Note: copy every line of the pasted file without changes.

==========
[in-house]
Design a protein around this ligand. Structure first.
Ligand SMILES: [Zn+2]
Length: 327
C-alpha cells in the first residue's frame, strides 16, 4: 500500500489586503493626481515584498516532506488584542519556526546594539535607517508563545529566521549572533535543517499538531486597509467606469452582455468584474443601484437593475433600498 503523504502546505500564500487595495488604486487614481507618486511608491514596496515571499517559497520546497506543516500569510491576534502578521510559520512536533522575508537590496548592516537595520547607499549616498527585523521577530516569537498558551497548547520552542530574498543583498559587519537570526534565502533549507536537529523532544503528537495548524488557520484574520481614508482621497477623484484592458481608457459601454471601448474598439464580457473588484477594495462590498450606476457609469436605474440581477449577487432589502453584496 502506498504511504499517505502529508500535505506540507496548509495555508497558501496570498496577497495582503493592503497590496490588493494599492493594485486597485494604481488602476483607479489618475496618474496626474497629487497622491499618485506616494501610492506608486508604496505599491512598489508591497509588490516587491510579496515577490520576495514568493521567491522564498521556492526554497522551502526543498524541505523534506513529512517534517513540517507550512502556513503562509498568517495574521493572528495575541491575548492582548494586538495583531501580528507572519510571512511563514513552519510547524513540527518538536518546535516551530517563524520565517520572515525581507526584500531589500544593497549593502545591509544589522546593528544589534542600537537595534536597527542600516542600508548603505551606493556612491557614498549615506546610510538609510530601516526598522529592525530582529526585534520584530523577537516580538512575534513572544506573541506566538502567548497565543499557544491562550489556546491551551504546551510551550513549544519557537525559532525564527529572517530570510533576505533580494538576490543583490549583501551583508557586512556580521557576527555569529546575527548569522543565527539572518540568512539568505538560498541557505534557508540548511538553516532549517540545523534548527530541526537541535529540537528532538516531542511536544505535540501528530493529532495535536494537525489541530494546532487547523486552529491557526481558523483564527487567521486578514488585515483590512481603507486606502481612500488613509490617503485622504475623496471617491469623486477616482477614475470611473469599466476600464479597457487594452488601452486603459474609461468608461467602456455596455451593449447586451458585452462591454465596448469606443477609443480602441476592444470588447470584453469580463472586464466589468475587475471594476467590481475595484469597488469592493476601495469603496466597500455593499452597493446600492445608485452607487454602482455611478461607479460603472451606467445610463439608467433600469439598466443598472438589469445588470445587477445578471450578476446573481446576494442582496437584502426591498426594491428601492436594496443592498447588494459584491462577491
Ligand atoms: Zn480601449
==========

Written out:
[in-house]
Design a protein around this ligand. Structure first.
Ligand SMILES: [Zn+2]
Length: 327
C-alpha cells in the first residue's frame, strides 16, 4: 500500500489586503493626481515584498516532506488584542519556526546594539535607517508563545529566521549572533535543517499538531486597509467606469452582455468584474443601484437593475433600498 503523504502546505500564500487595495488604486487614481507618486511608491514596496515571499517559497520546497506543516500569510491576534502578521510559520512536533522575508537590496548592516537595520547607499549616498527585523521577530516569537498558551497548547520552542530574498543583498559587519537570526534565502533549507536537529523532544503528537495548524488557520484574520481614508482621497477623484484592458481608457459601454471601448474598439464580457473588484477594495462590498450606476457609469436605474440581477449577487432589502453584496 502506498504511504499517505502529508500535505506540507496548509495555508497558501496570498496577497495582503493592503497590496490588493494599492493594485486597485494604481488602476483607479489618475496618474496626474497629487497622491499618485506616494501610492506608486508604496505599491512598489508591497509588490516587491510579496515577490520576495514568493521567491522564498521556492526554497522551502526543498524541505523534506513529512517534517513540517507550512502556513503562509498568517495574521493572528495575541491575548492582548494586538495583531501580528507572519510571512511563514513552519510547524513540527518538536518546535516551530517563524520565517520572515525581507526584500531589500544593497549593502545591509544589522546593528544589534542600537537595534536597527542600516542600508548603505551606493556612491557614498549615506546610510538609510530601516526598522529592525530582529526585534520584530523577537516580538512575534513572544506573541506566538502567548497565543499557544491562550489556546491551551504546551510551550513549544519557537525559532525564527529572517530570510533576505533580494538576490543583490549583501551583508557586512556580521557576527555569529546575527548569522543565527539572518540568512539568505538560498541557505534557508540548511538553516532549517540545523534548527530541526537541535529540537528532538516531542511536544505535540501528530493529532495535536494537525489541530494546532487547523486552529491557526481558523483564527487567521486578514488585515483590512481603507486606502481612500488613509490617503485622504475623496471617491469623486477616482477614475470611473469599466476600464479597457487594452488601452486603459474609461468608461467602456455596455451593449447586451458585452462591454465596448469606443477609443480602441476592444470588447470584453469580463472586464466589468475587475471594476467590481475595484469597488469592493476601495469603496466597500455593499452597493446600492445608485452607487454602482455611478461607479460603472451606467445610463439608467433600469439598466443598472438589469445588470445587477445578471450578476446573481446576494442582496437584502426591498426594491428601492436594496443592498447588494459584491462577491
Ligand atoms: Zn480601449